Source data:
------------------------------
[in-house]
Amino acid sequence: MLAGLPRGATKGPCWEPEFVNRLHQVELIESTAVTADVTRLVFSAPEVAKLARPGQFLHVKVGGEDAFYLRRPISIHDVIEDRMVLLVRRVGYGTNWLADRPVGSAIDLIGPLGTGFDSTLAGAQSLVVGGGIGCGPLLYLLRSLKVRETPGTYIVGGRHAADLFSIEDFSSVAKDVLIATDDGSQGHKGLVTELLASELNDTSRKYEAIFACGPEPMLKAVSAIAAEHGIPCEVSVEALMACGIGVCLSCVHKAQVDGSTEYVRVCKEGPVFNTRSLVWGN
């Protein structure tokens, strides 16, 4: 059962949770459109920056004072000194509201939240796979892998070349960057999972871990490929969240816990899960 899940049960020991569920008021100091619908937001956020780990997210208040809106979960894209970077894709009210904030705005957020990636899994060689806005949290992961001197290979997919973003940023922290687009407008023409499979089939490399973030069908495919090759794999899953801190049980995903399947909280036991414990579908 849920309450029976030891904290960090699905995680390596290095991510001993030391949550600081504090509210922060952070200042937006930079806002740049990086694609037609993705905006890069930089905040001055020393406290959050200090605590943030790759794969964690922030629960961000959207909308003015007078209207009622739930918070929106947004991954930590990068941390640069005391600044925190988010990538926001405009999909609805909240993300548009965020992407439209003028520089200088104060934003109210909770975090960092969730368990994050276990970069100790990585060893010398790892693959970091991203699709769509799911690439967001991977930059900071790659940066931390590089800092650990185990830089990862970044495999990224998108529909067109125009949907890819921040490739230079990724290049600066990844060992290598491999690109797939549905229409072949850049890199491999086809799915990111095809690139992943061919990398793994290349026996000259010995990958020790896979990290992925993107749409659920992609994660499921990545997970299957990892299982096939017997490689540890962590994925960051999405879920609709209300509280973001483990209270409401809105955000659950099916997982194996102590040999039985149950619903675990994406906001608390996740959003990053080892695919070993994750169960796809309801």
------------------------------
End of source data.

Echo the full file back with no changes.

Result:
[in-house]
Amino acid sequence: MLAGLPRGATKGPCWEPEFVNRLHQVELIESTAVTADVTRLVFSAPEVAKLARPGQFLHVKVGGEDAFYLRRPISIHDVIEDRMVLLVRRVGYGTNWLADRPVGSAIDLIGPLGTGFDSTLAGAQSLVVGGGIGCGPLLYLLRSLKVRETPGTYIVGGRHAADLFSIEDFSSVAKDVLIATDDGSQGHKGLVTELLASELNDTSRKYEAIFACGPEPMLKAVSAIAAEHGIPCEVSVEALMACGIGVCLSCVHKAQVDGSTEYVRVCKEGPVFNTRSLVWGN
């Protein structure tokens, strides 16, 4: 059962949770459109920056004072000194509201939240796979892998070349960057999972871990490929969240816990899960 899940049960020991569920008021100091619908937001956020780990997210208040809106979960894209970077894709009210904030705005957020990636899994060689806005949290992961001197290979997919973003940023922290687009407008023409499979089939490399973030069908495919090759794999899953801190049980995903399947909280036991414990579908 849920309450029976030891904290960090699905995680390596290095991510001993030391949550600081504090509210922060952070200042937006930079806002740049990086694609037609993705905006890069930089905040001055020393406290959050200090605590943030790759794969964690922030629960961000959207909308003015007078209207009622739930918070929106947004991954930590990068941390640069005391600044925190988010990538926001405009999909609805909240993300548009965020992407439209003028520089200088104060934003109210909770975090960092969730368990994050276990970069100790990585060893010398790892693959970091991203699709769509799911690439967001991977930059900071790659940066931390590089800092650990185990830089990862970044495999990224998108529909067109125009949907890819921040490739230079990724290049600066990844060992290598491999690109797939549905229409072949850049890199491999086809799915990111095809690139992943061919990398793994290349026996000259010995990958020790896979990290992925993107749409659920992609994660499921990545997970299957990892299982096939017997490689540890962590994925960051999405879920609709209300509280973001483990209270409401809105955000659950099916997982194996102590040999039985149950619903675990994406906001608390996740959003990053080892695919070993994750169960796809309801």